In April of this year at the Infosys Ltd office in Palo Alto, when Vishal Sikka began to become disillusioned about his future at Infosys, another senior executive stationed on the other side of the globe -about 8,400 miles away- in a rival, global the information technology (IT) services company began to feel equally uneasy about their own future in their company.
This executive, who had long had ambitions for the position of global chief executive in his company, had just learned that his company planned to elect two other executives for the role of joint operations chiefs later in the year , a development that could strike a blow to their own ambitions.
Fortuitous for that executive, while a door of opportunity had been firmly closed in his face, another door opened a few months later.
On Saturday, that executive, Salil Satish Parekh, 53, was named CEO of Infosys, a development that made it even more rewarding due to the fact that he had lost that job with Sikka in 2014.
For Parekh , the appointment of this weekend also marked the culmination of eight months of constant exchange with multiple companies, including Infosys and International Business Machines (IBM), among others. others, a process that at times was frustrating for him, with many handshakes, before he finally got his last job at Infosys.
These accounts for the past eight months have been obtained after Mint spoke at least half a dozen executives and others directly familiar with the Infosys CEO search process. All these executives requested anonymity to talk more freely about the search process.
Sikka & Parekh: a story of two CEOs
In April, the seeds of the eventual Parekh coronation on Infosys were sown when Sikka was increasingly frustrated with what he considered the efforts of the Infosys board of directors to control and oversee its performance, in the midst of a bitter public battle with founder NR Narayana Murthy, who repeatedly questioned decisions made by the Infosys board of directors.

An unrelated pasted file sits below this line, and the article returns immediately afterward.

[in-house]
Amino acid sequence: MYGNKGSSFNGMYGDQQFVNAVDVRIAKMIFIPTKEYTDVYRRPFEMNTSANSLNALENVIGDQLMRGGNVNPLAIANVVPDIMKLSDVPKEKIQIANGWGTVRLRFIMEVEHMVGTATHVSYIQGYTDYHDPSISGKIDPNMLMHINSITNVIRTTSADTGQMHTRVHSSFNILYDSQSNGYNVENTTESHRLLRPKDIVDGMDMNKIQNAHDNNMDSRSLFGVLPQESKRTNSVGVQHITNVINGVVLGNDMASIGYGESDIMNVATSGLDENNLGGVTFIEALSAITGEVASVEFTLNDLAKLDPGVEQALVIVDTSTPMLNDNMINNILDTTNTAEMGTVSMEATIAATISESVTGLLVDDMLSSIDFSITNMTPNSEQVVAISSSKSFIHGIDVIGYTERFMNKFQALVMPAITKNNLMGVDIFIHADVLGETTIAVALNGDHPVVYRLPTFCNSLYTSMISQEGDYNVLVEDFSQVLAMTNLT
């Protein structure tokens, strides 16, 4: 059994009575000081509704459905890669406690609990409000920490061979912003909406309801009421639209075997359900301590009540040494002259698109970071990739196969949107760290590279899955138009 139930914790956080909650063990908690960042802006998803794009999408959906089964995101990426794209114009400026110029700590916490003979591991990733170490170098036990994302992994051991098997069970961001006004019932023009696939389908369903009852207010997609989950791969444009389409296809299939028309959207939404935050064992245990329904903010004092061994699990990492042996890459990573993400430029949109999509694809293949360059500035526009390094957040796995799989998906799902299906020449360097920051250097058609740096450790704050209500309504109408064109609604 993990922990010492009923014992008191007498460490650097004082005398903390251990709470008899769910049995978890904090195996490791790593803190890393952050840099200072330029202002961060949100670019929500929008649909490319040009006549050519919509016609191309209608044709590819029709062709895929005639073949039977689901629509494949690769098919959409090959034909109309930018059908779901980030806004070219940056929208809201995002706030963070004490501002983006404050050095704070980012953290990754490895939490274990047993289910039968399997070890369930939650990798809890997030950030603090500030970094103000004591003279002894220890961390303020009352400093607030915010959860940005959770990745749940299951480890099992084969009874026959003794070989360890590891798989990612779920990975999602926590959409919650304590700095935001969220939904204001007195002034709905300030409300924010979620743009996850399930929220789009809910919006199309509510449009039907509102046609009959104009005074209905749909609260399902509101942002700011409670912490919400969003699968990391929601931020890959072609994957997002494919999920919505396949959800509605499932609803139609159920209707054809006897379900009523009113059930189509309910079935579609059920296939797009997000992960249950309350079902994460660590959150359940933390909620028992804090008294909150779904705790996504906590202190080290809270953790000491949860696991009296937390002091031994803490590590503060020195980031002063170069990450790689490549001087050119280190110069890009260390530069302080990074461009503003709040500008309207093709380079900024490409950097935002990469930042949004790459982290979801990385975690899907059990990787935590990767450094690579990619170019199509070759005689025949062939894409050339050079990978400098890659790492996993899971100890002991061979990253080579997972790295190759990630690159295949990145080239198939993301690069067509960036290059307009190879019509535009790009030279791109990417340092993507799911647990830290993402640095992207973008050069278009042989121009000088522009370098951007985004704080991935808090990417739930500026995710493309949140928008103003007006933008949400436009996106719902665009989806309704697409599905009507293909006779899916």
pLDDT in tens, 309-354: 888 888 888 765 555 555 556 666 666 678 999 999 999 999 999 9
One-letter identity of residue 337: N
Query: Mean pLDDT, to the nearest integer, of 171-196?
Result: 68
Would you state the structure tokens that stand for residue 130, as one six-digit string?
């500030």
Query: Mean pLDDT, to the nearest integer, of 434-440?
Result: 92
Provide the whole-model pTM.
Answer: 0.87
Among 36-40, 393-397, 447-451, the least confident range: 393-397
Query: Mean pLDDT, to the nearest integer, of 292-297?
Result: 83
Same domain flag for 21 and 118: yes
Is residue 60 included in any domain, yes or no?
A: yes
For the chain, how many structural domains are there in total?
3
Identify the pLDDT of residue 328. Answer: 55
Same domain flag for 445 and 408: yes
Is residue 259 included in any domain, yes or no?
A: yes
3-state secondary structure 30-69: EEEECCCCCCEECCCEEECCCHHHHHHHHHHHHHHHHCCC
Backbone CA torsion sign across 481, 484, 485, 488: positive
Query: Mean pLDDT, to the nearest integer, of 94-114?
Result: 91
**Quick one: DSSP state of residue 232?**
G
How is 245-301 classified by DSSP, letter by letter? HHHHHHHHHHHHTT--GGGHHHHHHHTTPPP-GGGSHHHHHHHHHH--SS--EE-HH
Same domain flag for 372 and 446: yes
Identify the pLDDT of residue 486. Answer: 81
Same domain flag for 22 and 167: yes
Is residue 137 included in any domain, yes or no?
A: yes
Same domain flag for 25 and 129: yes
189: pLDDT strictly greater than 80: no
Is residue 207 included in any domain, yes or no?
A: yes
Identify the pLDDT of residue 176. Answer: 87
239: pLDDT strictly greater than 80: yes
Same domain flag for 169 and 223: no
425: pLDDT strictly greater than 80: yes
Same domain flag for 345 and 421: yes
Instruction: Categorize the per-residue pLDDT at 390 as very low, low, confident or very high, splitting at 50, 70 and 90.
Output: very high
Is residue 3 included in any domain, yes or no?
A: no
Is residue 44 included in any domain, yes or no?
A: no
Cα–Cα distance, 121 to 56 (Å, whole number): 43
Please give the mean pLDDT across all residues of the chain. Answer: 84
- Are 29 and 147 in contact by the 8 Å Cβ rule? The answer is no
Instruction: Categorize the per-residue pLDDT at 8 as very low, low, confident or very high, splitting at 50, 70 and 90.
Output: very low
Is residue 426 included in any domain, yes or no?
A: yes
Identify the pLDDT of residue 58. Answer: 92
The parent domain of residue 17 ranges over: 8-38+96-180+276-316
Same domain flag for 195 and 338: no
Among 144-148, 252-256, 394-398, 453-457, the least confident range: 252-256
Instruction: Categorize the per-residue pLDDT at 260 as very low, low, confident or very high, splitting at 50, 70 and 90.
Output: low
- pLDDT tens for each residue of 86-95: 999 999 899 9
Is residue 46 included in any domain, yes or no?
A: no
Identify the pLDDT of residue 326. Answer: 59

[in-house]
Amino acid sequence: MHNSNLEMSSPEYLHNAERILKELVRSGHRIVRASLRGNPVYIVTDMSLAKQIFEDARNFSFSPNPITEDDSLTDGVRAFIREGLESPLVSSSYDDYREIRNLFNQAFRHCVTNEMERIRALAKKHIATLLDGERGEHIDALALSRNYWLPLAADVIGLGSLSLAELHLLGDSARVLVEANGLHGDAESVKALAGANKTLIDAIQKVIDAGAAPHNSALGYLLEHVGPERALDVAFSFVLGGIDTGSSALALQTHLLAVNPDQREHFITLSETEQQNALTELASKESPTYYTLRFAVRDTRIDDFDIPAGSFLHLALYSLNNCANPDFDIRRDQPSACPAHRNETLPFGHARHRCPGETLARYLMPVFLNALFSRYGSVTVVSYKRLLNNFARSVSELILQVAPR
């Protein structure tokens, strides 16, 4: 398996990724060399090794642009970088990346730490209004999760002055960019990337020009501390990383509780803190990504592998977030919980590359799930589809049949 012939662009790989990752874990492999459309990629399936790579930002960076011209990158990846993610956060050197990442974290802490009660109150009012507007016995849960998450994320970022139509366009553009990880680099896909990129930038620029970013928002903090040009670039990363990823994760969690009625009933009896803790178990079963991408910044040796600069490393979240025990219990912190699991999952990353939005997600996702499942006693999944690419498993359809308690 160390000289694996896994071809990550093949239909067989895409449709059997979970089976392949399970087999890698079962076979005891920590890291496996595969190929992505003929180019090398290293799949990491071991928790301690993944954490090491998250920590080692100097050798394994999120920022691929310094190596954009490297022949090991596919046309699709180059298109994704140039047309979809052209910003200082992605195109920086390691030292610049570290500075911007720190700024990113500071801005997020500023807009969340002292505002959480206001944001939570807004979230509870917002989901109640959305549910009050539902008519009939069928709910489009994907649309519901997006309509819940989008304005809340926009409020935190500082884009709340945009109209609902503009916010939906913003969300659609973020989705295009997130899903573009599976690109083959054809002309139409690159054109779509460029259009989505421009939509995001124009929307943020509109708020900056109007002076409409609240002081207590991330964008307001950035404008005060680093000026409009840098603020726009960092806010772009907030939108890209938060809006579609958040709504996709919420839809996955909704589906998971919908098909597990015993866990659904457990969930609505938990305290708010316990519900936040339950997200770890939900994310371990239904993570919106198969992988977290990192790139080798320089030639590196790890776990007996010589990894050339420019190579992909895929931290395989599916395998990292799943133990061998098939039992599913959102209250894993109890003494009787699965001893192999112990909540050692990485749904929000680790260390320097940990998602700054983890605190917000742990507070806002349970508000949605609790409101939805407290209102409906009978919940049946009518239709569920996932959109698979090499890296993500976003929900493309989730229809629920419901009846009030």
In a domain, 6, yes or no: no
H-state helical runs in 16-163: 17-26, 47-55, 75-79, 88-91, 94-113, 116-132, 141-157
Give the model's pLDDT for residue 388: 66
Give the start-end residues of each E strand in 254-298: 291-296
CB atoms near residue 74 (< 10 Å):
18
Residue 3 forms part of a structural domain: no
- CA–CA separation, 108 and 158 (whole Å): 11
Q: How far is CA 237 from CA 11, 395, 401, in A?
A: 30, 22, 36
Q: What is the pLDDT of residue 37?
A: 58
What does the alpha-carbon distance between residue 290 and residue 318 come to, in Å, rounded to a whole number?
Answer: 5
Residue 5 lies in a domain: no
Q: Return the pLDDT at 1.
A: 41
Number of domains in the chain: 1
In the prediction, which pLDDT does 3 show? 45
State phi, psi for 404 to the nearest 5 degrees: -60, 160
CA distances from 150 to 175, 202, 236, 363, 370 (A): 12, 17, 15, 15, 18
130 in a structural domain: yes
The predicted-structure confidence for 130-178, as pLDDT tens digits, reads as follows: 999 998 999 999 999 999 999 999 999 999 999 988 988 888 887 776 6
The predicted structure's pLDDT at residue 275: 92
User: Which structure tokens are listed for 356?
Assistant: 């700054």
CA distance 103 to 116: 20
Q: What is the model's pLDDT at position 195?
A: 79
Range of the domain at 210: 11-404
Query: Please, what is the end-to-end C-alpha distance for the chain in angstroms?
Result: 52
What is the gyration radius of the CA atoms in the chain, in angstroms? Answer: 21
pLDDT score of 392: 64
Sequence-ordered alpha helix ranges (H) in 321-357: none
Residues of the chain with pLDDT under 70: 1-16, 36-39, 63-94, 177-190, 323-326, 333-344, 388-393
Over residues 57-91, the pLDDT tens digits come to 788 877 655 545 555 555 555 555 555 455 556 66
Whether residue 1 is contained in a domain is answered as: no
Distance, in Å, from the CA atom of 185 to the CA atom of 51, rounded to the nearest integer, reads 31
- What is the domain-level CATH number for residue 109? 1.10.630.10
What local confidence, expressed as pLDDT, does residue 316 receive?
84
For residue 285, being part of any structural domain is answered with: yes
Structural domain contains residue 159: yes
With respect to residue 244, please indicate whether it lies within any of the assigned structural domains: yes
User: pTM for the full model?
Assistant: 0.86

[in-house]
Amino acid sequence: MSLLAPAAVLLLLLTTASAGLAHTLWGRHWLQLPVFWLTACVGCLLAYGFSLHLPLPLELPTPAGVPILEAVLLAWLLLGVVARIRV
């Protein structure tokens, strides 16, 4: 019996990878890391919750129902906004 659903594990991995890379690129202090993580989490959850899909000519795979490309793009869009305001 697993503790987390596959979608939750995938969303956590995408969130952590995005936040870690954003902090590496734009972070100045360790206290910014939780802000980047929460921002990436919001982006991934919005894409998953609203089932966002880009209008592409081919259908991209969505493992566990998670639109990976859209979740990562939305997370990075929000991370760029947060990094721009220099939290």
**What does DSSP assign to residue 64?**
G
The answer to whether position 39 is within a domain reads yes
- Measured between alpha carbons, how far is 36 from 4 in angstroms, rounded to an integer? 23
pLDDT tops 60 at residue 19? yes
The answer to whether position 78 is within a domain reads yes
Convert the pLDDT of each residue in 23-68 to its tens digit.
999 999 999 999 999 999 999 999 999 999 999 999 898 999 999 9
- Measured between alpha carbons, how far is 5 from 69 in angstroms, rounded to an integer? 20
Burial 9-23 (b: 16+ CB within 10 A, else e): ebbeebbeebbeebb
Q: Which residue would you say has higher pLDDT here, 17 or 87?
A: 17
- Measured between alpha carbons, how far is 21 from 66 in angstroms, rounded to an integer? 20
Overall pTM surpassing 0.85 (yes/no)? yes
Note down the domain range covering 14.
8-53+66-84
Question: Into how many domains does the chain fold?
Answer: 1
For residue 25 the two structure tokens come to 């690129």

On April 15, Infosys named Ravi Venkatesan as co-chair and then appointed a three-member panel to "support and advise" Sikka in executing the strategy.
As he mentioned on August 21, Sikka was "deeply unhappy" with Venkatesan's appointment, even telling some executives close to him that he "wanted to leave," since he and Venkatesan had a difficult working relationship on the board.
Around the same time, Parekh learned in Mumbai d Capgemini planned to elevate two other executives to joint chiefs of operations roles later in the year, a development that effectively eliminated his chances of being elevated to the position of global CEO of the giant of IT with headquarters in Paris.
In the following weeks, Parekh made the private decision to leave Capgemini and look for opportunities elsewhere.
Calls, emails and text messages to Parekh over the weekend were left unanswered.
A door of opportunity would open at IBM in June, when CEO Ginni Rometty was looking to hire a senior executive to lead the company's multibillion-dollar IT infrastructure business. While accepting the role would mean an increase for Parekh, it did not fit the stature of his own ambitions. Parekh would eventually pbad the job and IBM would choose the former Wipro CEO, Suresh Vaswani for that role.
Then, around September, an offer came from the American DXC Technology, which was formed earlier this year after the merger of Computer Sciences Corp. and the business services business of Hewlett-Packard (HP).
A spokesperson for DXC Technology said the company had no comments to offer while an email sent to IBM for comments was not answered.
According to two of the people mentioned above, Mike Lawrie, CEO of DXC, made an offer to Parekh to take over the company's business for $ 7,000 million in the Americas. The offer was generous. If Parekh had badumed the role, he could make an annual compensation of at least $ 5 million, which is a significant jump from the estimated two and a half million he made in Capgemini.